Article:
Subject: UFTO Happy New Year (& Electric Carpets)
Date: Thu, 02 Jan 1997 12:19:58 -0800
From: Ed Beardsworth
| ** UFTO ** Edward Beardsworth ** Consultant
| 951 Lincoln Ave. tel 415-328-5670
| Palo Alto CA 94301-3041 fax 415-328-5675
| http://www.ufto.com firstname.lastname@example.org
Happy New Year!
This is a quick note to say hello as we begin the new year.
1996 has been exciting.
– Participation in UFTO is at an all time high
– Email has replaced virtually all hard copy correspondence
– The web site is operational
– We held a ground-breaking workshop with the national labs
– We’re closely coupled into the workings of the new DOE Task Force on
– Many of you are pursuing programs and deals with various labs and
I look forward to finding new and better ways to make UFTO valuable and important to you and your company.
As you know, I’m constantly on the lookout for significant new developments, technologies, and opportunities to bring to your attention. These stories can come from networking with our friends at the National Labs, from accidental encounters with stories in magazines, the press or the internet, or from other personal and professional contacts.
What makes UFTO different from other clipping services or technology newsletters? With the glut of information available, the most important difference is selectivity. Knowing your areas of strategic and technical interest, I choose things that will be worthwhile for you to review and pursue, or pass along to others in your company.
Second, in most cases I make inquiries and establish contact with the technology developers. This way, we not only get a sense what’s behind the “press release”, but we also begin a relationship that puts us in a preferred position for further dealings.
Please tell me how well this is working for you, and whether you would rather have me be more or less selective in the future, or if there are areas you’d particularly like to focus on in ’97.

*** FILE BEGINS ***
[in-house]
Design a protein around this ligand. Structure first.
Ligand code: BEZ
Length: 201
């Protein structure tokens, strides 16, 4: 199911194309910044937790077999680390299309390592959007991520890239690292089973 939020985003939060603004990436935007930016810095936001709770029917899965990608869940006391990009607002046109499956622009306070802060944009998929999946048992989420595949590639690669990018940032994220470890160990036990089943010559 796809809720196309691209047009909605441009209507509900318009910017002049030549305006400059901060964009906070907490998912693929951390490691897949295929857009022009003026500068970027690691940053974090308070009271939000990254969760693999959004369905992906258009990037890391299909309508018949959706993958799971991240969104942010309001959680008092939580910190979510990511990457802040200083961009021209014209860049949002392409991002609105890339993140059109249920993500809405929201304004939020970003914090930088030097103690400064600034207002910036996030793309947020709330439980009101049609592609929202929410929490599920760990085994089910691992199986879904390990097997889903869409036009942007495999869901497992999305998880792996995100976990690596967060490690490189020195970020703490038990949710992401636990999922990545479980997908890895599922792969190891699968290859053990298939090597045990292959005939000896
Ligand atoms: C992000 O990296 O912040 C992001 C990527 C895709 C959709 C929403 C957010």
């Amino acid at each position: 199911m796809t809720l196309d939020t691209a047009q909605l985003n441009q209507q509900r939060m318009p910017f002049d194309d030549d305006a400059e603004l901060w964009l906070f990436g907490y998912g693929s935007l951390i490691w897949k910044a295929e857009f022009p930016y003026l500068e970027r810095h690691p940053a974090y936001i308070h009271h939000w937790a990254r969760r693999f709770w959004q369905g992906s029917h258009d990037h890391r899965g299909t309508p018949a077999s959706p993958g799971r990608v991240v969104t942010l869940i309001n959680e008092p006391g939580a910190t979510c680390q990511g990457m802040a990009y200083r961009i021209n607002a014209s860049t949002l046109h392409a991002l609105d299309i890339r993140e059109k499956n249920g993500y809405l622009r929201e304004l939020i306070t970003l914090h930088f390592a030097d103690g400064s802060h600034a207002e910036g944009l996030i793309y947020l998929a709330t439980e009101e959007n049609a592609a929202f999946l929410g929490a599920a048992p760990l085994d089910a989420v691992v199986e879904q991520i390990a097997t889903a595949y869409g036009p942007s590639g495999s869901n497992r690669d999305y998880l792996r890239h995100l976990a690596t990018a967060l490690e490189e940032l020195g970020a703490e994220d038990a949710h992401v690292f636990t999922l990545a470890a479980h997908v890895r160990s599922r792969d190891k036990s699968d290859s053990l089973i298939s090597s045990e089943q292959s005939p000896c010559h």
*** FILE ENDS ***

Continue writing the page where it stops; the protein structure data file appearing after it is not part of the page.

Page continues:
And now, for something completely different:
Here is a story I saw on the web a few days ago. We’ve all heard of magic carpets and electric blankets (and electric vehicles), but the idea of an electric carpet caught me completely by surprise–have you ever heard of it? It would seem they are a common item in Japan. Wonder if/when they’ll show up in this country…(I haven’t made contacts on this one)..
ANALYSIS/ Efficient electric carpets win popularity
Product Spotlight: Nikkei Marketing Journal, Dec. 26, 1996
Electric carpets have become one of the more popular alternatives for heating rooms. Makers specializing in this product are doing well, and other consumer electronics makers making efforts to develop high value-added electric carpets.
Sharp Corp.’s HJ-G20A-C, at a suggested retail price of 35,000 yen, is a popular example. The carpet requires only half the power of conventional models, and it is treated with an anti-slip coating. It comes with a beige gabardine cover. Sharp is now looking to develop even more energy-efficient models.
Matsushita Electric Works Ltd. has won over consumers with four models: the smaller DR241-A and DR241-C, both priced at 33,200 yen, and the DR341-A and DR341-C, both priced at 44,300 yen. These carpets also receive anti-slip treatments and consume only about half as much electricity as earlier models. Their insulation cushions offer improved comfort and heat-transfer capability. Matsushita developed a gabardine cover (in blue or beige) with a cashmere-like feel that has proven very popular. The firm plans to develop other, larger carpets with similar features.
Toshiba Home Technology Corp. employs a two-layer insulating material on the bottom of the heating element of its offerings. The carpets reduce heat loss through the floor by about 30%, lowering power consumption by about 25%. The company offers one mode in which it uses only about one-fourth the electricity of conventional electric carpets. Toshiba’s CK-20FS (C) and CK-20FS (CT) are both popular. They have a mainly beige natural coloring with a cubic design pattern. The anti-slip carpet is made from polyester, but with a feel like cotton. Toshiba has sold more than it expected. “Our carpet’s comfort and energy-saving functions have matched consumer demands,” claimed one company official. Toshiba expects sales of the carpets this winter to increase 5% year-on-year.